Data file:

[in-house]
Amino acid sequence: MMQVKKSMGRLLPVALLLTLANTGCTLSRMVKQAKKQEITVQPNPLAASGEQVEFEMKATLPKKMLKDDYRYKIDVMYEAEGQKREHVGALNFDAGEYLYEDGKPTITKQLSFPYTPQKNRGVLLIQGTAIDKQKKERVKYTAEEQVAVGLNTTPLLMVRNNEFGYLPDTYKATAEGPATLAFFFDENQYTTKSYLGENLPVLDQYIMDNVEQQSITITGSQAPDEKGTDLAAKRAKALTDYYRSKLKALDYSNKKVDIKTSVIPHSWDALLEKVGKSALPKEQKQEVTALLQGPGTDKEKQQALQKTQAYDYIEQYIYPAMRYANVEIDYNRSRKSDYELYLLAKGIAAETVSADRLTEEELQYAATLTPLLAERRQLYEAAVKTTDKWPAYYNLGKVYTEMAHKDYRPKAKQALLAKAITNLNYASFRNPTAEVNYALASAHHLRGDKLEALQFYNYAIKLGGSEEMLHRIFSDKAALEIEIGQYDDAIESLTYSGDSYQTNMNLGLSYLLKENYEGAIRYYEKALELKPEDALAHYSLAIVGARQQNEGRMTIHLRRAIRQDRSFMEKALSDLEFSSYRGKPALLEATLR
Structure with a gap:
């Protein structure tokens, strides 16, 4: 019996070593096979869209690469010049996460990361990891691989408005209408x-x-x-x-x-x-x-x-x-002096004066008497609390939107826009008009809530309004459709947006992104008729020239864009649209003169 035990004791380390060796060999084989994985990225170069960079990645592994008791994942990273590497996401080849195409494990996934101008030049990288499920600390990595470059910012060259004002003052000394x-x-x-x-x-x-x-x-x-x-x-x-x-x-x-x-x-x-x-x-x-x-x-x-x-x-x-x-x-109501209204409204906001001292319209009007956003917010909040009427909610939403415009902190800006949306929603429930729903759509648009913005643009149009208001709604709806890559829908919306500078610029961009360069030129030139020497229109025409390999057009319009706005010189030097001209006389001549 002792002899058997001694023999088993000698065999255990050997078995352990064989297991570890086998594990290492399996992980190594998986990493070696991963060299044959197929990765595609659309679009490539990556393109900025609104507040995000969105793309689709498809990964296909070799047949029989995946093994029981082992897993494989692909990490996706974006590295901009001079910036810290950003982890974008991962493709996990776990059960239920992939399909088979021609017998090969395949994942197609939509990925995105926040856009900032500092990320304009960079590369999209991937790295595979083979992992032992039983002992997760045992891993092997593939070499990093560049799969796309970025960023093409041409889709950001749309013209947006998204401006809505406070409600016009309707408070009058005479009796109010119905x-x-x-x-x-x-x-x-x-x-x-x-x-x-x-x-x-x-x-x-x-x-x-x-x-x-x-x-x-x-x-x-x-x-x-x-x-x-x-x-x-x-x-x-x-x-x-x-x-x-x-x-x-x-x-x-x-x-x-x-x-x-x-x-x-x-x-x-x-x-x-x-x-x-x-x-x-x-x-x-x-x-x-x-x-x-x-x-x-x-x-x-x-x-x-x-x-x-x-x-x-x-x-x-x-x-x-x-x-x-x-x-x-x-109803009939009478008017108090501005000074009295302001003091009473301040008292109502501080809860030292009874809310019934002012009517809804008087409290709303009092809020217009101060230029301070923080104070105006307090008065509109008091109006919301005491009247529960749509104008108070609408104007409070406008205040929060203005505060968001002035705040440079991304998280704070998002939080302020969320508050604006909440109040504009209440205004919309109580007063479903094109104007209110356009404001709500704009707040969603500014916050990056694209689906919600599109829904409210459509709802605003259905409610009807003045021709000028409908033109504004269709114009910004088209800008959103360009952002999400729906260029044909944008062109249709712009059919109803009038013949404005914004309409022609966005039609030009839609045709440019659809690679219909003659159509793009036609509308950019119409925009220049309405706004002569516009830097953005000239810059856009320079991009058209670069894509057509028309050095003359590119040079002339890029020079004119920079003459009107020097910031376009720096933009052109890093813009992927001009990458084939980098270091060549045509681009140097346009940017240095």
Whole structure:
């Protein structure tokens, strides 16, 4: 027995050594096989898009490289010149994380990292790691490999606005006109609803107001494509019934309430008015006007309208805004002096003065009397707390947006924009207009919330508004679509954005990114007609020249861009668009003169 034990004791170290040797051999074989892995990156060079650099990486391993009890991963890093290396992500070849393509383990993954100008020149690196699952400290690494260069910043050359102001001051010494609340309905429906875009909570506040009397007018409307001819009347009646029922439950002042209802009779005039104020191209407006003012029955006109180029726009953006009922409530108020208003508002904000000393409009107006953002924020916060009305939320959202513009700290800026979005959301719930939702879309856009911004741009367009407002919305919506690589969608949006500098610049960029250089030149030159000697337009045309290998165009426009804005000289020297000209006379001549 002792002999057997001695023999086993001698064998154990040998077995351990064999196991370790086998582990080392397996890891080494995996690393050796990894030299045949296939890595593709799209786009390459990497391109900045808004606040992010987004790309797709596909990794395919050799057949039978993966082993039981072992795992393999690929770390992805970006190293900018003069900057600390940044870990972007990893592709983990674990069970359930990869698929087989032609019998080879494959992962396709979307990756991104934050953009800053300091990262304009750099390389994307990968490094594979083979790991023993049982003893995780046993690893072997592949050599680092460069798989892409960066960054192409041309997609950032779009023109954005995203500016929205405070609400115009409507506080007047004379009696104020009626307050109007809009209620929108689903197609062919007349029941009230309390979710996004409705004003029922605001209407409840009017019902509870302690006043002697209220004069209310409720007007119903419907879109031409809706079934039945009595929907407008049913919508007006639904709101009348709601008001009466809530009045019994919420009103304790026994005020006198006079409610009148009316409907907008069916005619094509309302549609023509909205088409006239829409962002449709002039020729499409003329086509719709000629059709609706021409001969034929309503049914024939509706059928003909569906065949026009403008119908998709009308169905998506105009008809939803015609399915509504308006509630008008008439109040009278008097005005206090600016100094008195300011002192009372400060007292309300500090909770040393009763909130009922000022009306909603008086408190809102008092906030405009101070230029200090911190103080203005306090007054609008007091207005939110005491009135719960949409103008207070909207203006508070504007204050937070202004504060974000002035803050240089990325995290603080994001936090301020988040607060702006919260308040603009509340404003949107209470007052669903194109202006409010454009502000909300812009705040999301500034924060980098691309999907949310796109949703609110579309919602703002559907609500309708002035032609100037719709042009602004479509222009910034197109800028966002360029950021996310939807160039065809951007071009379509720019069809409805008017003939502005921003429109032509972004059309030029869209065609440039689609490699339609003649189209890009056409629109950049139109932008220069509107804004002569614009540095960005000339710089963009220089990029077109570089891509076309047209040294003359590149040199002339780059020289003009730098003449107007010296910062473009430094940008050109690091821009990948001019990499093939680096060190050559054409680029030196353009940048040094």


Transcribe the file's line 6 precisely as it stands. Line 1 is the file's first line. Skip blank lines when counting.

């Protein structure tokens, strides 16, 4: 027995050594096989898009490289010149994380990292790691490999606005006109609803107001494509019934309430008015006007309208805004002096003065009397707390947006924009207009919330508004679509954005990114007609020249861009668009003169 034990004791170290040797051999074989892995990156060079650099990486391993009890991963890093290396992500070849393509383990993954100008020149690196699952400290690494260069910043050359102001001051010494609340309905429906875009909570506040009397007018409307001819009347009646029922439950002042209802009779005039104020191209407006003012029955006109180029726009953006009922409530108020208003508002904000000393409009107006953002924020916060009305939320959202513009700290800026979005959301719930939702879309856009911004741009367009407002919305919506690589969608949006500098610049960029250089030149030159000697337009045309290998165009426009804005000289020297000209006379001549 002792002999057997001695023999086993001698064998154990040998077995351990064999196991370790086998582990080392397996890891080494995996690393050796990894030299045949296939890595593709799209786009390459990497391109900045808004606040992010987004790309797709596909990794395919050799057949039978993966082993039981072992795992393999690929770390992805970006190293900018003069900057600390940044870990972007990893592709983990674990069970359930990869698929087989032609019998080879494959992962396709979307990756991104934050953009800053300091990262304009750099390389994307990968490094594979083979790991023993049982003893995780046993690893072997592949050599680092460069798989892409960066960054192409041309997609950032779009023109954005995203500016929205405070609400115009409507506080007047004379009696104020009626307050109007809009209620929108689903197609062919007349029941009230309390979710996004409705004003029922605001209407409840009017019902509870302690006043002697209220004069209310409720007007119903419907879109031409809706079934039945009595929907407008049913919508007006639904709101009348709601008001009466809530009045019994919420009103304790026994005020006198006079409610009148009316409907907008069916005619094509309302549609023509909205088409006239829409962002449709002039020729499409003329086509719709000629059709609706021409001969034929309503049914024939509706059928003909569906065949026009403008119908998709009308169905998506105009008809939803015609399915509504308006509630008008008439109040009278008097005005206090600016100094008195300011002192009372400060007292309300500090909770040393009763909130009922000022009306909603008086408190809102008092906030405009101070230029200090911190103080203005306090007054609008007091207005939110005491009135719960949409103008207070909207203006508070504007204050937070202004504060974000002035803050240089990325995290603080994001936090301020988040607060702006919260308040603009509340404003949107209470007052669903194109202006409010454009502000909300812009705040999301500034924060980098691309999907949310796109949703609110579309919602703002559907609500309708002035032609100037719709042009602004479509222009910034197109800028966002360029950021996310939807160039065809951007071009379509720019069809409805008017003939502005921003429109032509972004059309030029869209065609440039689609490699339609003649189209890009056409629109950049139109932008220069509107804004002569614009540095960005000339710089963009220089990029077109570089891509076309047209040294003359590149040199002339780059020289003009730098003449107007010296910062473009430094940008050109690091821009990948001019990499093939680096060190050559054409680029030196353009940048040094």